Distinct block processing for image
B = blockproc(A,[M
B = blockproc(src_filename,[M N],fun)
B = blockproc(adapter,[M N],fun)
B = blockproc(A,[M N],fun) processes the image A by applying the function fun to each distinct M-by-N block of A and concatenating the results into B, the output matrix. fun is a function handle to a function that accepts a block struct as input and returns a matrix, vector, or scalar Y. For example, Y = fun(block_struct). (For more information about a block struct, see the Definition section below.) For each block of data in the input image, A, blockproc passes the block in a block struct to the user function, fun, to produce Y, the corresponding block in the output image. If Y is empty, blockproc does not generate any output and returns empty after processing all blocks. Choosing an appropriate block size can significantly improve performance. For more information, see Choosing Block Size in the Image Processing Toolbox™ documentation.
B = blockproc(src_filename,[M N],fun) processes the image src_filename, reading and processing one block at a time. This syntax is useful for processing very large images since only one block of the image is read into memory at a time. If the output matrix B is too large to fit into memory, omit the output argument and instead use the 'Destination' parameter/value pair to write the output to a file.
B = blockproc(adapter,[M N],fun) processes the source image specified by adapter, an ImageAdapter object. An ImageAdapter is a user-defined class that provides blockproc with a common API for reading and writing to a particular image file format. For more information, see Working with Data in Unsupported Formats in the Image Processing Toolbox documentation.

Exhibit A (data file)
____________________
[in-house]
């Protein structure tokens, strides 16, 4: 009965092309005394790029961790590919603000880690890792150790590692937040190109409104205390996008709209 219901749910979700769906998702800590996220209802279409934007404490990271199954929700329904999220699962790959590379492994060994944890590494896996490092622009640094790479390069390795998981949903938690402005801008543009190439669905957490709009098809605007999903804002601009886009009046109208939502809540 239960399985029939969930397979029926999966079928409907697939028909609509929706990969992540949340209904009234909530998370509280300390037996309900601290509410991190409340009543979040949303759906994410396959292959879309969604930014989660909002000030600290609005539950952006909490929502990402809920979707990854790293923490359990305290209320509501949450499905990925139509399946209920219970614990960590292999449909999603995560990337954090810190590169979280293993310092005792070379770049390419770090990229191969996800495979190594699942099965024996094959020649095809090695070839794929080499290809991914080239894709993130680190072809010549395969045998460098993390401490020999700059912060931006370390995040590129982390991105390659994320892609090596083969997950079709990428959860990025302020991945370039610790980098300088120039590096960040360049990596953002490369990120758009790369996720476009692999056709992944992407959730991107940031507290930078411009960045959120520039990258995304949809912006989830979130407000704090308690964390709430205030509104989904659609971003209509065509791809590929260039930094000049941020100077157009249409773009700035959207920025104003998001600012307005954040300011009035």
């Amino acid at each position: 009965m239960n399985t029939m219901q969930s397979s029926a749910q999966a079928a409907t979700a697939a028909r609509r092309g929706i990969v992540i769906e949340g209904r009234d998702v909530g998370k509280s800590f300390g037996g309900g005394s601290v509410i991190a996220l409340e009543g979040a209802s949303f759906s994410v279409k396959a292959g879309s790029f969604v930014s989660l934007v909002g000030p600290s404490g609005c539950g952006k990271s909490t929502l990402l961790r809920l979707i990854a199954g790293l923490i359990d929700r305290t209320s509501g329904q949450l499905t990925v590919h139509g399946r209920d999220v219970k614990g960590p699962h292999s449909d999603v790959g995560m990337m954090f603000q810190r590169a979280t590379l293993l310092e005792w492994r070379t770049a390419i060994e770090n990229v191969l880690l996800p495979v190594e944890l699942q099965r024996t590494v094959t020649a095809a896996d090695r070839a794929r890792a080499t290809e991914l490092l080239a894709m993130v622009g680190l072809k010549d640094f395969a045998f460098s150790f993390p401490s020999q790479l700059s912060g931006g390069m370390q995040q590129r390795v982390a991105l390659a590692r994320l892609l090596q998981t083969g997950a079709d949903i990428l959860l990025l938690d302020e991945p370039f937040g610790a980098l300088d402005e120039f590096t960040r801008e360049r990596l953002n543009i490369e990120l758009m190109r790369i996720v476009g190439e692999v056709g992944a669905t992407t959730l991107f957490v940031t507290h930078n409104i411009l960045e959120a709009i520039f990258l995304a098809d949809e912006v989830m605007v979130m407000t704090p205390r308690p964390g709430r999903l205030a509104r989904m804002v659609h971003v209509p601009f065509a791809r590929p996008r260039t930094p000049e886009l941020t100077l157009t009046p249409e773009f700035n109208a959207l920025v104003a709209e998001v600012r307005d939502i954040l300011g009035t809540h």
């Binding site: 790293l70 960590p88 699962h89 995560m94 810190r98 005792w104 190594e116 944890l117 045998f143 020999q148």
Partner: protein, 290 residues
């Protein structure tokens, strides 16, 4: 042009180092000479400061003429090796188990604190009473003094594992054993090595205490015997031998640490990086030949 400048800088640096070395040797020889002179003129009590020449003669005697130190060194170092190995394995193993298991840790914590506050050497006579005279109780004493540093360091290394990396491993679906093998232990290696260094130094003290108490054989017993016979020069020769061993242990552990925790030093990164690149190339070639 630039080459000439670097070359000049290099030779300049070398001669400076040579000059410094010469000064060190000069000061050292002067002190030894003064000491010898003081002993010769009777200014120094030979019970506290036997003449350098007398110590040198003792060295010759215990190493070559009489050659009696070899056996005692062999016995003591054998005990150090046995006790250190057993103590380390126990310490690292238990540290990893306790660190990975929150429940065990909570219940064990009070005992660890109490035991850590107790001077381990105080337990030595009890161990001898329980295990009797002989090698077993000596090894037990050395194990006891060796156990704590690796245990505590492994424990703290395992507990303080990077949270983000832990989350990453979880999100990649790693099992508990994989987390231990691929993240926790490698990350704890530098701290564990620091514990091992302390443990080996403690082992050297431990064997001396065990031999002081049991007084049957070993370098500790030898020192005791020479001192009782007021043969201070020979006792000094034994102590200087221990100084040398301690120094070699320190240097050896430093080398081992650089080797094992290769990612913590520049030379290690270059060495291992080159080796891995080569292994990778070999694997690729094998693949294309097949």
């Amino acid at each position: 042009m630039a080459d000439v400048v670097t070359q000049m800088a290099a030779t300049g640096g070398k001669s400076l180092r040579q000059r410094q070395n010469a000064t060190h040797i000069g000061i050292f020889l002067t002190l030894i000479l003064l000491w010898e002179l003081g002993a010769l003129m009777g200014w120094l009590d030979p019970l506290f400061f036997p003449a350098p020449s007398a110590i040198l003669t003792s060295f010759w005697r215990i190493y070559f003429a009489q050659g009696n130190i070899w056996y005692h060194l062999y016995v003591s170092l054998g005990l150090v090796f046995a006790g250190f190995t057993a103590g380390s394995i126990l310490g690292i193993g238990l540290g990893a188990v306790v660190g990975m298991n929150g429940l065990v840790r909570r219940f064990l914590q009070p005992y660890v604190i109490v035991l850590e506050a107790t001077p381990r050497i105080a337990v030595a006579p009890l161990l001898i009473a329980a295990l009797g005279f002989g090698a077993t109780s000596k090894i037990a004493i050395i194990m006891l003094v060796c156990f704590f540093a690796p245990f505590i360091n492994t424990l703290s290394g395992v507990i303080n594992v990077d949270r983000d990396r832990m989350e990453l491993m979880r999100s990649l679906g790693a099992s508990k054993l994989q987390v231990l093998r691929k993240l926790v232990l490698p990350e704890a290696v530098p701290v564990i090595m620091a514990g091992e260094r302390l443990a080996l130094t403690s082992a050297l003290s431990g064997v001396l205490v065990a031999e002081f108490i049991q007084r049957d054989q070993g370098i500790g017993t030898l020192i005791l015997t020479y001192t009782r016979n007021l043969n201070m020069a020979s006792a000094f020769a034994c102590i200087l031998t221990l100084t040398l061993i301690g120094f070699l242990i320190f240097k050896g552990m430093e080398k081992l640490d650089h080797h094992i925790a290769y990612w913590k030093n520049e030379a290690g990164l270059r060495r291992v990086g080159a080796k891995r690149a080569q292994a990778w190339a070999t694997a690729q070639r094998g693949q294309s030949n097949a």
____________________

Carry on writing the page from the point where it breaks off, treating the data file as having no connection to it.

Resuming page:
blockproc(...,Name,Value,...) processes the input image, specifying parameters and corresponding values that control various aspects of the block behavior. Parameter names are not case sensitive.
Block size of A.
Function handle to a function that accepts a block struct as input and returns a matrix, vector, or scalar.
A user-defined class that provides blockproc with a common API for reading and writing to a particular image file format.
Specify optional comma-separated pairs of Name,Value arguments. Name is the argument name and Value is the corresponding value. Name must appear inside single quotes (' '). You can specify several name and value pair arguments in any order as Name1,Value1,...,NameN,ValueN.
A two-element vector, [V H], specifying the amount of border pixels to add to each block. The function adds V rows above and below each block and H columns left and right of each block. The size of each resulting block will be:
[M + 2*V, N + 2*H]
By default, the function automatically removes the border from the result of fun. See the 'TrimBorder' parameter for more information. The function pads blocks with borders extending beyond the image edges with zeros.
Default: [0 0] (no border)
The destination for the output of blockproc. When you specify the 'Destination' parameter, blockproc does not return the processed image as an output argument, but instead writes the output to the 'Destination'. (You cannot request an output argument when the 'Destination' parameter is specified.)
Valid 'Destination' parameters are:
The 'Destination' parameter is useful when you expect your output to be too large to practically fit into memory. It provides a workflow for file-to-file image processing for arbitrarily large images.